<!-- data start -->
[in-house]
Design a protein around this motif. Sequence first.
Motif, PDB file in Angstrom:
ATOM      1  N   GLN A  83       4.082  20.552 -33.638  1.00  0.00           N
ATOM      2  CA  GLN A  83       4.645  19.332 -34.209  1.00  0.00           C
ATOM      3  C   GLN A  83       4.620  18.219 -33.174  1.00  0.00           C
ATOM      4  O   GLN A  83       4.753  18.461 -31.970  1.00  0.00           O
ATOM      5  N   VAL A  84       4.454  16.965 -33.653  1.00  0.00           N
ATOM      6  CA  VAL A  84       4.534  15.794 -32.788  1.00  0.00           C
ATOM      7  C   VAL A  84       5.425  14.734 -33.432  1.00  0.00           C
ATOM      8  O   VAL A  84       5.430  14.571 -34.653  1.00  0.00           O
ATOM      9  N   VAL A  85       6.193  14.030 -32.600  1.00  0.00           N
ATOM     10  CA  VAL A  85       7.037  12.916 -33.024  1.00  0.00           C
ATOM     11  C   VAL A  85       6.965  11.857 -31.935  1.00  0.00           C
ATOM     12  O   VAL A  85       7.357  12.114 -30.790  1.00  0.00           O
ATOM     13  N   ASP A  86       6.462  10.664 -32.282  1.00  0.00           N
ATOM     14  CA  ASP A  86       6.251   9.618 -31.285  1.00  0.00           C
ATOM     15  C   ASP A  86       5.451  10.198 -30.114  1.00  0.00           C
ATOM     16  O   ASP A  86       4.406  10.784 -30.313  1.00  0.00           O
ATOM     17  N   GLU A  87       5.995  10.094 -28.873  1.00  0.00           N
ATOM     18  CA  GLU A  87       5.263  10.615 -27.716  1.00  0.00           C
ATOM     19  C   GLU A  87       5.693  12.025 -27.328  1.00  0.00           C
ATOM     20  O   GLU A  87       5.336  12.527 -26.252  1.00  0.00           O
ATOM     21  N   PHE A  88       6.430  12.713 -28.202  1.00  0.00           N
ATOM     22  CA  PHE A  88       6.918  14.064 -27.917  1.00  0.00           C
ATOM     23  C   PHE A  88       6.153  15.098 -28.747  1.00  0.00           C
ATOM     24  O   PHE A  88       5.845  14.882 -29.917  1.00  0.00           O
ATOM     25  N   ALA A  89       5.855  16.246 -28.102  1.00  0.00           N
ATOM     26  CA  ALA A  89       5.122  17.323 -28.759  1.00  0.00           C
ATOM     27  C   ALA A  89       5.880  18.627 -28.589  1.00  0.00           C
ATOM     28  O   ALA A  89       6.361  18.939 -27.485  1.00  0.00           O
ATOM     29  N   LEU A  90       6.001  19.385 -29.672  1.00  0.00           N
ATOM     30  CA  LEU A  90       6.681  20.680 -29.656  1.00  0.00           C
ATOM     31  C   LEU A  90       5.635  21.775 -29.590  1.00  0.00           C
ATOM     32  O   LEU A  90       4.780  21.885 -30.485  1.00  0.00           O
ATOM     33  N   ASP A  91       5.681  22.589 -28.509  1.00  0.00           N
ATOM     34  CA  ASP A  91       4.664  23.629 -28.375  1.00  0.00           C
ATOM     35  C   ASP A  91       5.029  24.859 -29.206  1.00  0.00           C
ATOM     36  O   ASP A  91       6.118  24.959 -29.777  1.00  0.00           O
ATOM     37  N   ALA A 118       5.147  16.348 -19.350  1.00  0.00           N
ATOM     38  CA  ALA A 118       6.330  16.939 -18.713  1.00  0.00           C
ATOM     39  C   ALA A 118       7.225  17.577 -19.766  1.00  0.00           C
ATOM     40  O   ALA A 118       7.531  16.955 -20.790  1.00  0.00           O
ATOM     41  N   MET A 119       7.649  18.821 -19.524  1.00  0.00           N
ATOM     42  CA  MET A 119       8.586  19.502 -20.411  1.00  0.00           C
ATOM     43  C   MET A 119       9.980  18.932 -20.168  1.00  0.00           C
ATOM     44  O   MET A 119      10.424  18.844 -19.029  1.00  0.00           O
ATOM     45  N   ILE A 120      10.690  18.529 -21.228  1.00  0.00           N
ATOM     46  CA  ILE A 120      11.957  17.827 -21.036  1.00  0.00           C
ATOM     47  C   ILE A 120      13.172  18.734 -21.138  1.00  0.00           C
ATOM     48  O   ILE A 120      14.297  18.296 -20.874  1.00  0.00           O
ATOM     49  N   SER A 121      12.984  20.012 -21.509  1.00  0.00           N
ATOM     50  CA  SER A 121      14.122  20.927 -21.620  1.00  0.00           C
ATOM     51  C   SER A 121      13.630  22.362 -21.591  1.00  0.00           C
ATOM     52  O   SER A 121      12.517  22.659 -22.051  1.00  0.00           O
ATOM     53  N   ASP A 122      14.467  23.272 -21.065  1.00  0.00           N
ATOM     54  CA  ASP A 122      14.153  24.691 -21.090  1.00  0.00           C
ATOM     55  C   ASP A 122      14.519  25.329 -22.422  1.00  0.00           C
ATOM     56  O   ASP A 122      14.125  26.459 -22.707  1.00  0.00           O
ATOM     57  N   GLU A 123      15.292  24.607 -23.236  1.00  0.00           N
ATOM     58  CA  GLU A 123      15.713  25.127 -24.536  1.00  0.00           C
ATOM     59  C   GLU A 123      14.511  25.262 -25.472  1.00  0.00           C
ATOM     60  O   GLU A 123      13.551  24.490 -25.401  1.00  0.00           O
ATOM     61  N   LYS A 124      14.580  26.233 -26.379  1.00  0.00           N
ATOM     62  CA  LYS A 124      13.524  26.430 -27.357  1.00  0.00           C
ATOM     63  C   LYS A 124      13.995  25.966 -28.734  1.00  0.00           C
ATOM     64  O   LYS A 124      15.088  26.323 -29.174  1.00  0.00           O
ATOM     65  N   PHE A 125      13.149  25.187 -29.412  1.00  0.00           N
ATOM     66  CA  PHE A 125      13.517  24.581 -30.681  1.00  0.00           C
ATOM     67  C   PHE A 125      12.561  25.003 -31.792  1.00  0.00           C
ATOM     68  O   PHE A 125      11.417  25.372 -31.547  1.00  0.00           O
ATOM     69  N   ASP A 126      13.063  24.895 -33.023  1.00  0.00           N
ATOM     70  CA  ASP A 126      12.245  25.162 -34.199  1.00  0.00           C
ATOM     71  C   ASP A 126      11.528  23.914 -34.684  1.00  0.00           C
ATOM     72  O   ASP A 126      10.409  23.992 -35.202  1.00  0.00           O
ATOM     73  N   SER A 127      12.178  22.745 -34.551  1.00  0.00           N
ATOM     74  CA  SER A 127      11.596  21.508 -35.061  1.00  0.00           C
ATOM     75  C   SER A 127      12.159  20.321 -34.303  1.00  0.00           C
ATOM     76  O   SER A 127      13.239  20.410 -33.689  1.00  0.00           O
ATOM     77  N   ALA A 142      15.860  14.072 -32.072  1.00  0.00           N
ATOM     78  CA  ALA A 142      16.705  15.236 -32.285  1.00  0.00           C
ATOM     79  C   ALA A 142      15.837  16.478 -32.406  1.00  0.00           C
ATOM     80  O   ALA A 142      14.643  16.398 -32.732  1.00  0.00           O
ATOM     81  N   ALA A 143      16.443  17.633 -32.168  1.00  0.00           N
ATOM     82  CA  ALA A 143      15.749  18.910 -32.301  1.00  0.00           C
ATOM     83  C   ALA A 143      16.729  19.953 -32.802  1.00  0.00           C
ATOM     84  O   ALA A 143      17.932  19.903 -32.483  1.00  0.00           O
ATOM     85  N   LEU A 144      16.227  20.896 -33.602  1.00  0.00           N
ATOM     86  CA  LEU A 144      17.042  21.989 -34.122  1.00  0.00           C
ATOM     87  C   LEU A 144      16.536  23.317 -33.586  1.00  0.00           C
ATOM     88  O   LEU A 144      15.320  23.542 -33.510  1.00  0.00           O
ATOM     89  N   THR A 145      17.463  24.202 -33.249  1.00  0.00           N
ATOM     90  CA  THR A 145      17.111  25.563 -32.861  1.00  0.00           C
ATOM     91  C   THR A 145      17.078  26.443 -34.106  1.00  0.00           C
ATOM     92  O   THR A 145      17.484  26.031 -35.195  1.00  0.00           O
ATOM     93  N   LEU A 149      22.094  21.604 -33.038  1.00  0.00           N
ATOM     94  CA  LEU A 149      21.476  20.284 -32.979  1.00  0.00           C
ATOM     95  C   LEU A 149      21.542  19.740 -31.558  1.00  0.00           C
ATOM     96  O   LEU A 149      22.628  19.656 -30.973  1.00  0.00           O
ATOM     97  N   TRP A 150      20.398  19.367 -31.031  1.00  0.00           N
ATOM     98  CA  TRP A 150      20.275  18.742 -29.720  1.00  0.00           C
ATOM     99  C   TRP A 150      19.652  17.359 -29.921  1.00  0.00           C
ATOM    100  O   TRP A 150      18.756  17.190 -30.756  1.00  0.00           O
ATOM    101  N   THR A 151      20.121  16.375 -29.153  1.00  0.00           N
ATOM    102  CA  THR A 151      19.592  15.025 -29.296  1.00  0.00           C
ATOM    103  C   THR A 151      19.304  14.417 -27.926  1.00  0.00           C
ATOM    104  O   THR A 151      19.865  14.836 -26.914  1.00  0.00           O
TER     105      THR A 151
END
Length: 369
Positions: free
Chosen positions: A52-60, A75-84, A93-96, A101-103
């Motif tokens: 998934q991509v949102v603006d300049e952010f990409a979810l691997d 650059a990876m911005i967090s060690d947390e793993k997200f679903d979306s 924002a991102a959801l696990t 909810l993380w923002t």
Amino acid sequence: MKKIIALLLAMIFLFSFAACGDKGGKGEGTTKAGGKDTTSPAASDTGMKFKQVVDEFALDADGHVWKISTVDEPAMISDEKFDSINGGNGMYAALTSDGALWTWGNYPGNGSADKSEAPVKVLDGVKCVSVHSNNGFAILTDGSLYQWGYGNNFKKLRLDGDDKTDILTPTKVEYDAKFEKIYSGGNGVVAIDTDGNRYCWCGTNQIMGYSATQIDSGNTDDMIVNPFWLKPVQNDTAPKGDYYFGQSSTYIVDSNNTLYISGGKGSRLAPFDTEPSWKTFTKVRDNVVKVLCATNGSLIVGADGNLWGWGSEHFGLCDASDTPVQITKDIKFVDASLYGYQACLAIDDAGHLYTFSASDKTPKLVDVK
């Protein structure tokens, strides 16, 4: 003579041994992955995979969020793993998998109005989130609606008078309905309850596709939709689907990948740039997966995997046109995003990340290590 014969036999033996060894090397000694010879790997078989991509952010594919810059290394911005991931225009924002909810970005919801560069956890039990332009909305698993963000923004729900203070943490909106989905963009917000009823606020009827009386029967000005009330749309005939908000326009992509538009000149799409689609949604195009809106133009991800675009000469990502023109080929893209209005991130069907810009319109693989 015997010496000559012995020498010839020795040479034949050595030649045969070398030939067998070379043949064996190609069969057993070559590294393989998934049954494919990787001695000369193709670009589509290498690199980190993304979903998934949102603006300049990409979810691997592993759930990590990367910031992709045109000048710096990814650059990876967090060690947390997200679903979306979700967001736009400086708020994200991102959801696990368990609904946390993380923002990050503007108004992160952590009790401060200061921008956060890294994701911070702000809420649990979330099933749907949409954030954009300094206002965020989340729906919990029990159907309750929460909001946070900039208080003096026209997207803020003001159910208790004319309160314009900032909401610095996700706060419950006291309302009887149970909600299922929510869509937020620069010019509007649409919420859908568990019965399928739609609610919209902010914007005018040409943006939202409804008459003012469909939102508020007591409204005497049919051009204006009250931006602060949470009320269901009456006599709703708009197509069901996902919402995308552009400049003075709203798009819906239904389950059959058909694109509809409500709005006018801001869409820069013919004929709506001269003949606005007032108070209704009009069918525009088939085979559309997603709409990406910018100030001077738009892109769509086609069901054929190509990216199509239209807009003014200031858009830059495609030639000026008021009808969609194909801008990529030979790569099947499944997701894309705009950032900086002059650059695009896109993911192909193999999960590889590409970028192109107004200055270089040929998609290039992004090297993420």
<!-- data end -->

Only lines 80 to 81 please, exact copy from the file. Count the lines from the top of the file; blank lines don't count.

ATOM     77  N   ALA A 142      15.860  14.072 -32.072  1.00  0.00           N
ATOM     78  CA  ALA A 142      16.705  15.236 -32.285  1.00  0.00           C